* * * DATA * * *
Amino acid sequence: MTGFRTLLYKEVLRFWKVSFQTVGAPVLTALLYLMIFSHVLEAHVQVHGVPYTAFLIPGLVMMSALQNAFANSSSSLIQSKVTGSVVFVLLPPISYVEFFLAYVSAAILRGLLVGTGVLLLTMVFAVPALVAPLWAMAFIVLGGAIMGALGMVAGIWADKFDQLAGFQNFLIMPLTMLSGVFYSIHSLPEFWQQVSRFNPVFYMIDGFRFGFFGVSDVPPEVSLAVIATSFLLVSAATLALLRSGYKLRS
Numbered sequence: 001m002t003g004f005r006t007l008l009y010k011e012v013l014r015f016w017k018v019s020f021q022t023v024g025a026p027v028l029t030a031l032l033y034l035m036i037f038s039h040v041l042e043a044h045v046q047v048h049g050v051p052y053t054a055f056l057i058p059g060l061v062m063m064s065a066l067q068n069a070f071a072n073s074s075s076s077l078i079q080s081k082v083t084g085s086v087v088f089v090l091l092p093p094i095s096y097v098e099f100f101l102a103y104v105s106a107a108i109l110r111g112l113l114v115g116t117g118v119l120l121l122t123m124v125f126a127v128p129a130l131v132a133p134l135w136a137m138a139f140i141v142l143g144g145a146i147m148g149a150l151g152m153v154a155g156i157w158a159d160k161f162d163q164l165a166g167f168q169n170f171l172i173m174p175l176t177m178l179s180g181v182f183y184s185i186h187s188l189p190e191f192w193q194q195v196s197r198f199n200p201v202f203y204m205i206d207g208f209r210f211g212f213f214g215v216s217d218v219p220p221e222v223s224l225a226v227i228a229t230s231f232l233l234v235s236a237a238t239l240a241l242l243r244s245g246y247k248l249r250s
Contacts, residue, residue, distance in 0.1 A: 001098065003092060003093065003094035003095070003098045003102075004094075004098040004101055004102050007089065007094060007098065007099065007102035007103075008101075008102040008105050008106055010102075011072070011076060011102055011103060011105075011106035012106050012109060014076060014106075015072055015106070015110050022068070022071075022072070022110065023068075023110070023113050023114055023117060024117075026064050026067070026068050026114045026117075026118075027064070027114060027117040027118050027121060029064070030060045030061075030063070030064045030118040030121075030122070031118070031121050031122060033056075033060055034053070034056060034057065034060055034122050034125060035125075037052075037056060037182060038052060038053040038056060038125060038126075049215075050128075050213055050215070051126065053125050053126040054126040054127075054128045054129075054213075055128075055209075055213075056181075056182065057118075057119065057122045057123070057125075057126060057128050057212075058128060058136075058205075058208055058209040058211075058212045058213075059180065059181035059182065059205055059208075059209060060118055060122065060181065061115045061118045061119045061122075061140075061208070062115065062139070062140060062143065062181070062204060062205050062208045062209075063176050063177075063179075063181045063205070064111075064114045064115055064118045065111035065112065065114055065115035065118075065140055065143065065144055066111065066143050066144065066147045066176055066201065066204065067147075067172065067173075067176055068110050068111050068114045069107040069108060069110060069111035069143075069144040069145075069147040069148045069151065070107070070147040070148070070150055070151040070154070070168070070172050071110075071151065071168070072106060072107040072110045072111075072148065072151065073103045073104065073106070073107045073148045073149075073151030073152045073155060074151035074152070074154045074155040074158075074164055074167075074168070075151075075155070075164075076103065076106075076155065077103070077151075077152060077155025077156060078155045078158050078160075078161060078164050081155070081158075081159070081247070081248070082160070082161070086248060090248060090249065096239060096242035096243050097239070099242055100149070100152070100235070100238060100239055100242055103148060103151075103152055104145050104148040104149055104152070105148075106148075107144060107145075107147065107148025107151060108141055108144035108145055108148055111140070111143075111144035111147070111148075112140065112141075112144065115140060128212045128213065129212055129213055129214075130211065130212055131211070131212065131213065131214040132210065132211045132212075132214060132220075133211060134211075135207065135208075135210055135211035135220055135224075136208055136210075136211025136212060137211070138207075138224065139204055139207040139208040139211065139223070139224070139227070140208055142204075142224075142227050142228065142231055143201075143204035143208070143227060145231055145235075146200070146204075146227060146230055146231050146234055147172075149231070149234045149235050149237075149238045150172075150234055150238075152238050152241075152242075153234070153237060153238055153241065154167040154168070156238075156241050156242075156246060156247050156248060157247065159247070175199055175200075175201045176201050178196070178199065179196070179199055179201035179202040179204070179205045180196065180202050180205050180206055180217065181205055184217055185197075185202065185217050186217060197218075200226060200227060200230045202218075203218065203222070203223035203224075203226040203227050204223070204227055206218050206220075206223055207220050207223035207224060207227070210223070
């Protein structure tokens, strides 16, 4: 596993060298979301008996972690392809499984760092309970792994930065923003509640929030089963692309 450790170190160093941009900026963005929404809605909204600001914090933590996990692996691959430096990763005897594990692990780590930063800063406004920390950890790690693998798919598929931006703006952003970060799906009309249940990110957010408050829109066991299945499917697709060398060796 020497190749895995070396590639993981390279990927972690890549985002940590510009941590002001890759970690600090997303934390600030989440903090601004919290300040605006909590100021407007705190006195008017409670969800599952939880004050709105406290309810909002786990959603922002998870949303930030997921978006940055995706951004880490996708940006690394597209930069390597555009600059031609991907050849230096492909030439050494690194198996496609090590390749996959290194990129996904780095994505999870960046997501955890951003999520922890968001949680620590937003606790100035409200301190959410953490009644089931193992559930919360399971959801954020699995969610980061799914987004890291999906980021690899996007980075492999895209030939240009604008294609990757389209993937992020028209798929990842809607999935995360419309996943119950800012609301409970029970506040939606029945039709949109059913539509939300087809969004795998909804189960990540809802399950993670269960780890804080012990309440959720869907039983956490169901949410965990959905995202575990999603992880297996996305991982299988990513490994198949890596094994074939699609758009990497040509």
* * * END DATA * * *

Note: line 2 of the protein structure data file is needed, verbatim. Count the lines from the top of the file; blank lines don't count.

Numbered sequence: 001m002t003g004f005r006t007l008l009y010k011e012v013l014r015f016w017k018v019s020f021q022t023v024g025a026p027v028l029t030a031l032l033y034l035m036i037f038s039h040v041l042e043a044h045v046q047v048h049g050v051p052y053t054a055f056l057i058p059g060l061v062m063m064s065a066l067q068n069a070f071a072n073s074s075s076s077l078i079q080s081k082v083t084g085s086v087v088f089v090l091l092p093p094i095s096y097v098e099f100f101l102a103y104v105s106a107a108i109l110r111g112l113l114v115g116t117g118v119l120l121l122t123m124v125f126a127v128p129a130l131v132a133p134l135w136a137m138a139f140i141v142l143g144g145a146i147m148g149a150l151g152m153v154a155g156i157w158a159d160k161f162d163q164l165a166g167f168q169n170f171l172i173m174p175l176t177m178l179s180g181v182f183y184s185i186h187s188l189p190e191f192w193q194q195v196s197r198f199n200p201v202f203y204m205i206d207g208f209r210f211g212f213f214g215v216s217d218v219p220p221e222v223s224l225a226v227i228a229t230s231f232l233l234v235s236a237a238t239l240a241l242l243r244s245g246y247k248l249r250s